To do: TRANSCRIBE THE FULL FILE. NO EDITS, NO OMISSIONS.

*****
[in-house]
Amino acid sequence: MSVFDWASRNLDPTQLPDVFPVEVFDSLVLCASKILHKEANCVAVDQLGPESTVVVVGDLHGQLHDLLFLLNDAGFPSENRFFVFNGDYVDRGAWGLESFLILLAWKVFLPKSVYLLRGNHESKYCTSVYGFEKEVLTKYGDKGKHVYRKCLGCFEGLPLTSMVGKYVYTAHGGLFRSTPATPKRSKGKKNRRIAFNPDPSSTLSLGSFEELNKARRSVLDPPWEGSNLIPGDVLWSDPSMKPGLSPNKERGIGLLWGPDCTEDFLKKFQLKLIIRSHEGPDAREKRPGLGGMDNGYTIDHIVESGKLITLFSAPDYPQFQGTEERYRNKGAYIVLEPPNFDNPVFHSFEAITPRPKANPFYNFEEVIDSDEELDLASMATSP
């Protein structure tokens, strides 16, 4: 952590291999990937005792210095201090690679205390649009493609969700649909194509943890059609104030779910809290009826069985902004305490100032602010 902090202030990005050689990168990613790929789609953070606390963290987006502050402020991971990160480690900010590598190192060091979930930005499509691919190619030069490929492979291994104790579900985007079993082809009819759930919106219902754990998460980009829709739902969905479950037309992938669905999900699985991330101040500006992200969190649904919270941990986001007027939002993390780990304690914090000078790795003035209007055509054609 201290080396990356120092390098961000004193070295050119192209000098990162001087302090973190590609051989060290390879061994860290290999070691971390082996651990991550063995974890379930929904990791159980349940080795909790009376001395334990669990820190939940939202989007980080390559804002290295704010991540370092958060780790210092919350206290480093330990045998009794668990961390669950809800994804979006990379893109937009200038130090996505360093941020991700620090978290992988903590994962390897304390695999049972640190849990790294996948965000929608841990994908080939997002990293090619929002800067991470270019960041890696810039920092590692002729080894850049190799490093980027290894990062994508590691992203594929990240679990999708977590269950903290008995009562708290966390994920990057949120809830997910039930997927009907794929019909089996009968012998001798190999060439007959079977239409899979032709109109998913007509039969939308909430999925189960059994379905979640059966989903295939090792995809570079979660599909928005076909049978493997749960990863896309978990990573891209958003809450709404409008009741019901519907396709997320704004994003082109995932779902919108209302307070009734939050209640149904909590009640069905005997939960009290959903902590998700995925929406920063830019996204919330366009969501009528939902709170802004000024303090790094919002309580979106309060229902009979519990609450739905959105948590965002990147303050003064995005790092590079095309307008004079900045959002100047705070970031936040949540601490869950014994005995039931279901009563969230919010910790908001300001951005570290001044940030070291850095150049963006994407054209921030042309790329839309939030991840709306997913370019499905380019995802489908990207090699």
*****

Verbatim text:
[in-house]
Amino acid sequence: MSVFDWASRNLDPTQLPDVFPVEVFDSLVLCASKILHKEANCVAVDQLGPESTVVVVGDLHGQLHDLLFLLNDAGFPSENRFFVFNGDYVDRGAWGLESFLILLAWKVFLPKSVYLLRGNHESKYCTSVYGFEKEVLTKYGDKGKHVYRKCLGCFEGLPLTSMVGKYVYTAHGGLFRSTPATPKRSKGKKNRRIAFNPDPSSTLSLGSFEELNKARRSVLDPPWEGSNLIPGDVLWSDPSMKPGLSPNKERGIGLLWGPDCTEDFLKKFQLKLIIRSHEGPDAREKRPGLGGMDNGYTIDHIVESGKLITLFSAPDYPQFQGTEERYRNKGAYIVLEPPNFDNPVFHSFEAITPRPKANPFYNFEEVIDSDEELDLASMATSP
């Protein structure tokens, strides 16, 4: 952590291999990937005792210095201090690679205390649009493609969700649909194509943890059609104030779910809290009826069985902004305490100032602010 902090202030990005050689990168990613790929789609953070606390963290987006502050402020991971990160480690900010590598190192060091979930930005499509691919190619030069490929492979291994104790579900985007079993082809009819759930919106219902754990998460980009829709739902969905479950037309992938669905999900699985991330101040500006992200969190649904919270941990986001007027939002993390780990304690914090000078790795003035209007055509054609 201290080396990356120092390098961000004193070295050119192209000098990162001087302090973190590609051989060290390879061994860290290999070691971390082996651990991550063995974890379930929904990791159980349940080795909790009376001395334990669990820190939940939202989007980080390559804002290295704010991540370092958060780790210092919350206290480093330990045998009794668990961390669950809800994804979006990379893109937009200038130090996505360093941020991700620090978290992988903590994962390897304390695999049972640190849990790294996948965000929608841990994908080939997002990293090619929002800067991470270019960041890696810039920092590692002729080894850049190799490093980027290894990062994508590691992203594929990240679990999708977590269950903290008995009562708290966390994920990057949120809830997910039930997927009907794929019909089996009968012998001798190999060439007959079977239409899979032709109109998913007509039969939308909430999925189960059994379905979640059966989903295939090792995809570079979660599909928005076909049978493997749960990863896309978990990573891209958003809450709404409008009741019901519907396709997320704004994003082109995932779902919108209302307070009734939050209640149904909590009640069905005997939960009290959903902590998700995925929406920063830019996204919330366009969501009528939902709170802004000024303090790094919002309580979106309060229902009979519990609450739905959105948590965002990147303050003064995005790092590079095309307008004079900045959002100047705070970031936040949540601490869950014994005995039931279901009563969230919010910790908001300001951005570290001044940030070291850095150049963006994407054209921030042309790329839309939030991840709306997913370019499905380019995802489908990207090699």